In addition to Cliff Bingham, another Canadian was killed with the crew of Whitley EL-L. Pilot Officer Archie Durnell was a navigator who grew up in Windsor, Ontario. Photo: Canadian Virtual War Memorial
In St. Eval, Bingham’s father, Lieutenant Colonel Jack Bingham, MC, VD, second in command of the Royal Winnipeg Rifles, a Canadian infantry regiment that was training in England for the eventual invasion of mainland Europe, had arrived to speak with the 10 OTU commander about his missing son and to retrieve his personal effects.
In addition to informing his parents that he was missing in action and presumed dead, a clerk in the Casualty Office of the Royal Canadian Air Force would, more than a year later, following receipt of a copy of his official death certificate, include Clifford Bingham’s name, rank and serial number in yet another lengthy list of airmen killed in action. Once this was done, the clerk would send this letter to one of three approved companies—Henry Birks and Sons of Montreal, jewellers and silversmiths; Lackie Manufacturing Company, a commemorative medal manufacturer or Roden Brothers, a silverware and tableware manufacturer; both of Toronto—there to be added to an ever-growing order for sterling silver Memorial Crosses.
The Memorial Cross, often known as the Silver Cross for Mothers, is probably the one award from the Second World War that every mother in Canada prayed she would not receive. On 1 December 1919, King George V, on the advice of his Cabinet under Canadian Prime Minister Robert Borden, created the Memorial Cross as a memento of personal loss and sacrifice on the part of widows and mothers of Canadian sailors, soldiers, and airmen who had lost their lives for the country during the First World War. This included widows and mothers of those whose post-war death was related to their war service. It took the form of a small (32 mm) sterling silver Greek cross bearing the Royal Cypher of King George VI (for the Second World War), the St. Edward Crown suspended from a purple ribbon and worn around the neck. Engraved across the back of the horizontal axis of the cross are the rank, name and service number of the deceased service person.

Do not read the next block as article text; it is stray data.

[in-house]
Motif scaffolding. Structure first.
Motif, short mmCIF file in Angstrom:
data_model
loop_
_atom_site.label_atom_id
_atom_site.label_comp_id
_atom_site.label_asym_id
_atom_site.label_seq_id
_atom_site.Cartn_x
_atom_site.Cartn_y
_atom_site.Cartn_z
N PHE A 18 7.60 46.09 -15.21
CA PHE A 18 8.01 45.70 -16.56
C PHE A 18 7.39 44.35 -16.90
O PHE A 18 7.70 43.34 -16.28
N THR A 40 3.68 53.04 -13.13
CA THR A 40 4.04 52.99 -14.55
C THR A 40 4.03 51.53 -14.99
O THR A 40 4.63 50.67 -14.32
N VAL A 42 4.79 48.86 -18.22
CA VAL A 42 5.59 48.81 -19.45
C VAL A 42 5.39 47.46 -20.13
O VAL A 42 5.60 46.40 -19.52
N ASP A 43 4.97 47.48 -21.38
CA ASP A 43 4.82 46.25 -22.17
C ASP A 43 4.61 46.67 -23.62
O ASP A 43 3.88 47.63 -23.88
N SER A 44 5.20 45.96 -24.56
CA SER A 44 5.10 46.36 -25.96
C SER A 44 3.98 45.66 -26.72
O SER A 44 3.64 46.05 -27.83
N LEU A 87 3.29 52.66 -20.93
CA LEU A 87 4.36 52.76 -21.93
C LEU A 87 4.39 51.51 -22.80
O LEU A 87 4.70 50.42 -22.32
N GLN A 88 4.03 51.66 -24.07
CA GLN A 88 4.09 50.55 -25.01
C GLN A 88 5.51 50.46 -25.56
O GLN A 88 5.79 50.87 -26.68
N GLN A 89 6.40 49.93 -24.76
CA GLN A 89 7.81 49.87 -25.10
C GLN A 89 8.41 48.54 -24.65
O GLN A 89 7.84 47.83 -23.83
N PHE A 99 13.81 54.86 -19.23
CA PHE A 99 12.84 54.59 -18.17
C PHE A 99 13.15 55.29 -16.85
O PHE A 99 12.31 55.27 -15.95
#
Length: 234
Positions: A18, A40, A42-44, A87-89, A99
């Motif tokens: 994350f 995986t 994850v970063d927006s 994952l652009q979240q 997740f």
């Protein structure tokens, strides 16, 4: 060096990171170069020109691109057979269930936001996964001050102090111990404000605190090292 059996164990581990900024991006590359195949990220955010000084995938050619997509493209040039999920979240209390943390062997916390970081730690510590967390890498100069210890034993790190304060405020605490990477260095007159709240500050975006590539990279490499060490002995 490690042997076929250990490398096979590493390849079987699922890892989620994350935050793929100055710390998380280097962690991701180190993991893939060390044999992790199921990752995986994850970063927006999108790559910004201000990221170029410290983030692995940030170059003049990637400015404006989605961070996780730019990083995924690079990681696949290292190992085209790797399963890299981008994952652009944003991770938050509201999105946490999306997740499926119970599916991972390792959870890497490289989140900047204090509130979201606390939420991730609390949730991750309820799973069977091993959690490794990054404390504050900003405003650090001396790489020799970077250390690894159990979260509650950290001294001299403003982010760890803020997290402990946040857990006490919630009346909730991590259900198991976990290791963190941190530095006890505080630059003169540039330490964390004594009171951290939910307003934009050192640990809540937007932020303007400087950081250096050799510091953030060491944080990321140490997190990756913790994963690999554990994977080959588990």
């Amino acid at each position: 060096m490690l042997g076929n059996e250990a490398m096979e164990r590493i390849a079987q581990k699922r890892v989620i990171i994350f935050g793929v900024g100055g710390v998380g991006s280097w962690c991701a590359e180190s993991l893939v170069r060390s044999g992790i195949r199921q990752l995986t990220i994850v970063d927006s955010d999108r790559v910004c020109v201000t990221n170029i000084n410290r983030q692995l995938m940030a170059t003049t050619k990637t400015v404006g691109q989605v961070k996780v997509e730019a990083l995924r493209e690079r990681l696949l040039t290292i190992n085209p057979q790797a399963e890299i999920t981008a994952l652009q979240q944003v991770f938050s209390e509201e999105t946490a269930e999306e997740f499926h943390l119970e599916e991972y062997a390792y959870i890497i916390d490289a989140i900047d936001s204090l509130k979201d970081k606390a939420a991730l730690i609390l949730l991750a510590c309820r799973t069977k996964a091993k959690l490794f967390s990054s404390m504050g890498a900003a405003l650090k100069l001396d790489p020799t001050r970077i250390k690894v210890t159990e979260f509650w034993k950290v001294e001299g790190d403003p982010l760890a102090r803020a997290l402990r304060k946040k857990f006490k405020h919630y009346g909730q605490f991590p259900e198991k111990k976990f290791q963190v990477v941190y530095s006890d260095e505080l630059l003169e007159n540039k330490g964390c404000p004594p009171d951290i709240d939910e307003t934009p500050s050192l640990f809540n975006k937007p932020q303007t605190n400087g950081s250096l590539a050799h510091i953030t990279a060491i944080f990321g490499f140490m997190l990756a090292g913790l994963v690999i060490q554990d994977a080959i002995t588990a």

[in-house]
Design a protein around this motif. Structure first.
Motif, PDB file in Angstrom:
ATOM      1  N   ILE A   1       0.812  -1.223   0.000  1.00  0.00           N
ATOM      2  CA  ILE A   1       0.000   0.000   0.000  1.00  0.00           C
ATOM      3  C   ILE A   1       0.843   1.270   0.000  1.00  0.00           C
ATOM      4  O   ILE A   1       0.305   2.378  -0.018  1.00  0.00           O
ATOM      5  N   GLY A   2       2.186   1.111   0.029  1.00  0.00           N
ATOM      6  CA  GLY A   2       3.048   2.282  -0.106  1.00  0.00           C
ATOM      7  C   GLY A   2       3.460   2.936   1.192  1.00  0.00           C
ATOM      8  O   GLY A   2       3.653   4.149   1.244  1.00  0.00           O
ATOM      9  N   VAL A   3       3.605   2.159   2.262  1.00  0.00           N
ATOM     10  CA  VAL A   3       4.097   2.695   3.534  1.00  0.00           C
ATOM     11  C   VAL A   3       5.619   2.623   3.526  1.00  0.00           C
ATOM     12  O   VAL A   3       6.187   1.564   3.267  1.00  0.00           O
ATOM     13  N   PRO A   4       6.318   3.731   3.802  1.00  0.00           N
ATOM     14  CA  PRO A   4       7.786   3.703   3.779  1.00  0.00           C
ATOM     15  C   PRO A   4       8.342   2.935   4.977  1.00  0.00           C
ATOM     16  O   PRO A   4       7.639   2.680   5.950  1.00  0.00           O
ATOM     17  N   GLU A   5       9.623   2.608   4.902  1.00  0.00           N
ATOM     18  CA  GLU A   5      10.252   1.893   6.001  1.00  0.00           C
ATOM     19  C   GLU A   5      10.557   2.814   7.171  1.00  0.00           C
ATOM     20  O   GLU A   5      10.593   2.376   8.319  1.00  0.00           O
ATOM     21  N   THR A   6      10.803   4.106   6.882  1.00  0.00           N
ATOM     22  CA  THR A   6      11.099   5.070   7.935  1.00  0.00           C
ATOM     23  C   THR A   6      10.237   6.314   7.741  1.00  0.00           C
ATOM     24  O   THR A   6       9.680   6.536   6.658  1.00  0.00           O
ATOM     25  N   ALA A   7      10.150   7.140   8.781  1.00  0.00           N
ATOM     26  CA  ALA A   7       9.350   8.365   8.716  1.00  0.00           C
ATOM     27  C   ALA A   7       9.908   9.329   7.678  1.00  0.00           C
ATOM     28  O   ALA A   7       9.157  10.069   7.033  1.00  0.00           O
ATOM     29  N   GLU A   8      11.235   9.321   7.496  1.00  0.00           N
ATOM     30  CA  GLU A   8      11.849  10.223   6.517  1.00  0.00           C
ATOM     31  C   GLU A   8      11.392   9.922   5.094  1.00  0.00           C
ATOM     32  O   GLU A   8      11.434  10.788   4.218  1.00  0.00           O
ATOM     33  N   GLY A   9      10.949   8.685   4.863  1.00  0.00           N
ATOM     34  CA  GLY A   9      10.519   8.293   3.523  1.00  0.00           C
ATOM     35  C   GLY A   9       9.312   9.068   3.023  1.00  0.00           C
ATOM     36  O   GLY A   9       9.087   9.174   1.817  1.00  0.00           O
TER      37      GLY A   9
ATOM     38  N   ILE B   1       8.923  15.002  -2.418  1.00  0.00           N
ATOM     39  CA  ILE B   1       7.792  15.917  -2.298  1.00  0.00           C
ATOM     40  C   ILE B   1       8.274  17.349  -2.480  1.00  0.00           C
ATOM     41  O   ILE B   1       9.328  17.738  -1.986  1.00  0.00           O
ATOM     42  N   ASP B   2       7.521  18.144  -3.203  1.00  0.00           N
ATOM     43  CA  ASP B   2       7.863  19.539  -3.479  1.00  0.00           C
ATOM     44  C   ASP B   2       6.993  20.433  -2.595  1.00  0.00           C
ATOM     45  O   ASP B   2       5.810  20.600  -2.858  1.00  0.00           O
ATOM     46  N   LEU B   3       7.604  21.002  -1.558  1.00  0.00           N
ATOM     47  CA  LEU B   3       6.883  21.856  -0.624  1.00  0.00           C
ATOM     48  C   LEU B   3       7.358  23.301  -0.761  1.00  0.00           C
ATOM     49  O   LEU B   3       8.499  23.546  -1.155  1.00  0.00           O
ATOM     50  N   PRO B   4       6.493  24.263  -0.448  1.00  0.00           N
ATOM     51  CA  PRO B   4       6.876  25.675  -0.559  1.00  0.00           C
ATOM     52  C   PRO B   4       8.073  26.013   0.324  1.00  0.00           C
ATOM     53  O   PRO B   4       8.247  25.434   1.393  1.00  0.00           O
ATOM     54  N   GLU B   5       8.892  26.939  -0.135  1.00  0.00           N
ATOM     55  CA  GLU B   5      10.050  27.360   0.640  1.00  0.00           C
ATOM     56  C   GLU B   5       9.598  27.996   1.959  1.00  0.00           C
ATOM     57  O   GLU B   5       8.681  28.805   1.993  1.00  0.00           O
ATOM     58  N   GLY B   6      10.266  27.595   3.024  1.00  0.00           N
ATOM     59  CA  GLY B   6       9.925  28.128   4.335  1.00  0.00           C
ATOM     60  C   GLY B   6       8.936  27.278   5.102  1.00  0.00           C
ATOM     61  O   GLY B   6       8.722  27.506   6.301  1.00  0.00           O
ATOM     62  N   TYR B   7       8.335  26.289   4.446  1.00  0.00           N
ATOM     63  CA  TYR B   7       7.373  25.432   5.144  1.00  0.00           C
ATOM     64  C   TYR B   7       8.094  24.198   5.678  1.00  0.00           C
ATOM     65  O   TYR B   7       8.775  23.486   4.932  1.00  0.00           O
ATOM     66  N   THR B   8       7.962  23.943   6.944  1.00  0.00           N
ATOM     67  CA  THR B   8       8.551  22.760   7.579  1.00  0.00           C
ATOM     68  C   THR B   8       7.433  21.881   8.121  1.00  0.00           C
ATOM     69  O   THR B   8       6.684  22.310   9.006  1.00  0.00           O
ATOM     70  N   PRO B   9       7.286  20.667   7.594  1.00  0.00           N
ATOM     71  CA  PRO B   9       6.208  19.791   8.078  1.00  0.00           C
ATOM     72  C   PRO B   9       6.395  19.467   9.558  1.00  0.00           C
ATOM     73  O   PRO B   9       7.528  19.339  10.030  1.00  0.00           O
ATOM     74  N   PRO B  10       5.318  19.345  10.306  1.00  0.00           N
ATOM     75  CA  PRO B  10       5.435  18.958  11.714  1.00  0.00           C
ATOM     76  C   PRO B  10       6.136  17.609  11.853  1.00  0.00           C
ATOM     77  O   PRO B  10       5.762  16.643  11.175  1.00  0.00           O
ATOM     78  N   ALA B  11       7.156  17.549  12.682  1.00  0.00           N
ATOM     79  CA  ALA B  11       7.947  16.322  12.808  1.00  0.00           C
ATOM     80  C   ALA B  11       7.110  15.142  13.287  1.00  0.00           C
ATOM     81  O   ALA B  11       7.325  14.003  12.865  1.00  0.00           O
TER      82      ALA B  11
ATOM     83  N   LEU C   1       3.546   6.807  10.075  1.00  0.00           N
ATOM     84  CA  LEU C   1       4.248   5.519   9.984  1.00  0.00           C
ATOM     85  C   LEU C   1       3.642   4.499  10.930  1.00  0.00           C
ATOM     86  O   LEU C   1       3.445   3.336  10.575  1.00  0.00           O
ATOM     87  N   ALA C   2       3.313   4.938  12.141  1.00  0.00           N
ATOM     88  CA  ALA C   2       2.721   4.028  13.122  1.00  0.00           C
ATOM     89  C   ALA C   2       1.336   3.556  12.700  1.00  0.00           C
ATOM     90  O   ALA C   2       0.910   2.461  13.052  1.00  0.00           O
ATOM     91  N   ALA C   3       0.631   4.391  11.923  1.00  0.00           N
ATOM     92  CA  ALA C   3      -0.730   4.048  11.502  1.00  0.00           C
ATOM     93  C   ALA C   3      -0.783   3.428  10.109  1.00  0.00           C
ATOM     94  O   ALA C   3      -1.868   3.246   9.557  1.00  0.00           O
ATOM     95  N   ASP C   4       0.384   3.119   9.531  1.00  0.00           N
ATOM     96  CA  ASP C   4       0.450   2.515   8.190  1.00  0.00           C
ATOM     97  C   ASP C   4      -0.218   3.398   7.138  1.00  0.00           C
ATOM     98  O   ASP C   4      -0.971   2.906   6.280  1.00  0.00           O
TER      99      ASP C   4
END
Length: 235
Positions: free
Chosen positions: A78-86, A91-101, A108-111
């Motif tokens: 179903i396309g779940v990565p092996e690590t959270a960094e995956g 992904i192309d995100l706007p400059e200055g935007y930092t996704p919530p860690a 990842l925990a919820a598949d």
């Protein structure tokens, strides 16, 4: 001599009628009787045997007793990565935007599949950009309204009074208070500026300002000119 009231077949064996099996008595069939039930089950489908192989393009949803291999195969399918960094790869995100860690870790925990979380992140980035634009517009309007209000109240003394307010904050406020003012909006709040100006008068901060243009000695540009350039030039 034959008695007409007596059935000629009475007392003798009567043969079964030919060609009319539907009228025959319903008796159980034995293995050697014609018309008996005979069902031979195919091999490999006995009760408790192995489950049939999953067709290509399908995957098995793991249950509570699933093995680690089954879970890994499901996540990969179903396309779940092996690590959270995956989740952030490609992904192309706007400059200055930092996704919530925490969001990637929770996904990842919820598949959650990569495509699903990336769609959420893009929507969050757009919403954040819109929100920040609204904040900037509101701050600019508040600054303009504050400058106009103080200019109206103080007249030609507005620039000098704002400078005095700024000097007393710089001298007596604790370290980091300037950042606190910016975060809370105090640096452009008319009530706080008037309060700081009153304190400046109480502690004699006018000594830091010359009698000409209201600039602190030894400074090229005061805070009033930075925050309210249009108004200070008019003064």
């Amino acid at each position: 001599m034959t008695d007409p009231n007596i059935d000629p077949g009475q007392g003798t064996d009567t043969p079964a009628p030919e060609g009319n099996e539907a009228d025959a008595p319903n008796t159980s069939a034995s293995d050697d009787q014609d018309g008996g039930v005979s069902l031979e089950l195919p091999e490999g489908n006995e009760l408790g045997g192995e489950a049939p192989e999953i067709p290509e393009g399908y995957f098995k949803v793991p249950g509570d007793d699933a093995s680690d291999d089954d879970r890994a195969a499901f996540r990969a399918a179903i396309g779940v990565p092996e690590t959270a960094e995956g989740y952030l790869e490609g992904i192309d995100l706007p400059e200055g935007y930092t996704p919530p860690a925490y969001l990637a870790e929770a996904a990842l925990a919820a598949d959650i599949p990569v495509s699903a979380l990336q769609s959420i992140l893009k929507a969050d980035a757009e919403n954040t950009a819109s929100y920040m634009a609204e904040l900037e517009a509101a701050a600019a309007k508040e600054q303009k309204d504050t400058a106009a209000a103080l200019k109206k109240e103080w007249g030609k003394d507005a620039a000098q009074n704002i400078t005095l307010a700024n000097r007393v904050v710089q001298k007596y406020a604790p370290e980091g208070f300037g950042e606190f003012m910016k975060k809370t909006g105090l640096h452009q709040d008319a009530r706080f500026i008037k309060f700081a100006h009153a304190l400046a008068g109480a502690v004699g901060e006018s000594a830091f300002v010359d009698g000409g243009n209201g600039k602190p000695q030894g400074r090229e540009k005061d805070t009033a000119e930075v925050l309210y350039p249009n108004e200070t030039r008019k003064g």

Olive Bingham’s Memorial Cross would have been sent to her in a small leather, silk-lined case sometime in the late summer of 1944. Most certainly her tears flowed when she opened it for the first time and turned the bright silver cross over in her hands to reveal her beautiful boy’s name. One cannot imagine the finality of it all. In time, the cross would become a means to remember her beloved Clifford and she would wear it on Remembrance Day and recall the beautiful life that was taken. I have come to understand that, though men like Clifford Mervyn Bingham paid with their lives in what we call the “supreme sacrifice”, it is their bereft mothers, their stoic fathers, their sweet sisters and their little brothers who are conscripted to shoulder that sacrifice until the end of their lives.